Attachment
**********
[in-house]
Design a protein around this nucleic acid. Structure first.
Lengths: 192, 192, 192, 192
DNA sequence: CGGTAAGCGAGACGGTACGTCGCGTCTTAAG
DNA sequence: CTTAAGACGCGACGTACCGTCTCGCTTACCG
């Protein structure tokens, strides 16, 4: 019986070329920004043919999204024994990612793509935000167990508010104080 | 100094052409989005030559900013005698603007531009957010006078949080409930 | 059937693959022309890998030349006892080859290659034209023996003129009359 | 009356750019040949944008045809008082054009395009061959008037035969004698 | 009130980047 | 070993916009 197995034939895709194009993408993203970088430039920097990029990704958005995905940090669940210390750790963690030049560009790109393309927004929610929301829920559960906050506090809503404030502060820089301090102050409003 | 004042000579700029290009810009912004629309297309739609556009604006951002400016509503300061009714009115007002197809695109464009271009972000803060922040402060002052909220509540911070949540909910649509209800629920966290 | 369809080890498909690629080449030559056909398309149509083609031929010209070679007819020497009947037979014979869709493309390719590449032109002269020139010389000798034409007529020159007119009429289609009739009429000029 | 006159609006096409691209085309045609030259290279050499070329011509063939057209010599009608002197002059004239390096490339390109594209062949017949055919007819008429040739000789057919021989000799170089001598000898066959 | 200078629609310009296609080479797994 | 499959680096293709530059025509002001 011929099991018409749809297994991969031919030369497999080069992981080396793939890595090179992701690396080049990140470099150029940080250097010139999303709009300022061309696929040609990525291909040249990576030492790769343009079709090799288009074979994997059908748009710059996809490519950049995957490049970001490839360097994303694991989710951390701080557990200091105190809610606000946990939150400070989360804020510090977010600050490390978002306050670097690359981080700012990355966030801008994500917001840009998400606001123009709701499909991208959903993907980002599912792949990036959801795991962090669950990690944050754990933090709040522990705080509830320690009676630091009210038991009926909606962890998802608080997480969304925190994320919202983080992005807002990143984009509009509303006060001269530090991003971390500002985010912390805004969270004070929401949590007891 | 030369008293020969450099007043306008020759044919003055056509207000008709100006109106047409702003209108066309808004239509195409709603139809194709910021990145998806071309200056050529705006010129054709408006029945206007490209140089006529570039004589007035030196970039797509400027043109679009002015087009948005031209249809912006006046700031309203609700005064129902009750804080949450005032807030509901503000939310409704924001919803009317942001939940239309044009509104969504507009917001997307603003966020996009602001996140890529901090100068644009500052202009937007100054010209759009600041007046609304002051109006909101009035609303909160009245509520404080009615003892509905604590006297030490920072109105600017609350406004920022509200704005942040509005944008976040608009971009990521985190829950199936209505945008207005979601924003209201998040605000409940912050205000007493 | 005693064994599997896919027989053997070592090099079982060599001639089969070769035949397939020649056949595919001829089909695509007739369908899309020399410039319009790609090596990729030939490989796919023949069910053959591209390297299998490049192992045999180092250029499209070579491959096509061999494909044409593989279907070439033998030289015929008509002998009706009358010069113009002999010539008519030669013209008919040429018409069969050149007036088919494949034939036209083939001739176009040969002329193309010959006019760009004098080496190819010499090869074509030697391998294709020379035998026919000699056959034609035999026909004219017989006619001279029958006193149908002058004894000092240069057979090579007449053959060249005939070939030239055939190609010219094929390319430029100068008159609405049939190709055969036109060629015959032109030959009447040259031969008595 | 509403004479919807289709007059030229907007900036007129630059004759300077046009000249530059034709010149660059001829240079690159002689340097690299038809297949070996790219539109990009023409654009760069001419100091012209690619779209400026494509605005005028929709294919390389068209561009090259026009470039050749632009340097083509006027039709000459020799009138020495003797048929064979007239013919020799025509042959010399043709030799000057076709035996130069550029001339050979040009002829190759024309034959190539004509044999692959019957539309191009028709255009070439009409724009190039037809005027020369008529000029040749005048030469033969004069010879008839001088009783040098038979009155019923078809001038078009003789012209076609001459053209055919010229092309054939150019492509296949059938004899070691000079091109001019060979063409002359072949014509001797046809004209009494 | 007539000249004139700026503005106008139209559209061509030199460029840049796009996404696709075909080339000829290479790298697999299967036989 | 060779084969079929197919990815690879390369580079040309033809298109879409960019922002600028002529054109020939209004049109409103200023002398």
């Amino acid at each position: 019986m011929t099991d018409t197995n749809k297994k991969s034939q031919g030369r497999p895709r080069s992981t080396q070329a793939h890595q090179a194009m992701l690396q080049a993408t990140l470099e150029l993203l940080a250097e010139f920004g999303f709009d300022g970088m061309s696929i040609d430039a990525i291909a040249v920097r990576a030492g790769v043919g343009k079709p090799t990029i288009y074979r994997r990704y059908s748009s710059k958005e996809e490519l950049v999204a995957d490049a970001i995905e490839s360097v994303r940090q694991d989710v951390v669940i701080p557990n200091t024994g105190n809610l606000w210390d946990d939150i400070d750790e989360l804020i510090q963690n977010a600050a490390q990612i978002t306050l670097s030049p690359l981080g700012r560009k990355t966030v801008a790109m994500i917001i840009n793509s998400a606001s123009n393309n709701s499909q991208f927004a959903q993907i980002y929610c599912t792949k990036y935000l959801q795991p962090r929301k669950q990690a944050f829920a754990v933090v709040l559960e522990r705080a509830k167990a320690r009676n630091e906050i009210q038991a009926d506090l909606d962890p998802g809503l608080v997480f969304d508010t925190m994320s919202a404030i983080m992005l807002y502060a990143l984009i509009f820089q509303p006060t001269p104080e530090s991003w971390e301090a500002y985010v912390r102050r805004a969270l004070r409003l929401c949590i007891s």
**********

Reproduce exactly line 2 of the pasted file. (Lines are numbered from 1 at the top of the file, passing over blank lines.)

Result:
Design a protein around this nucleic acid. Structure first.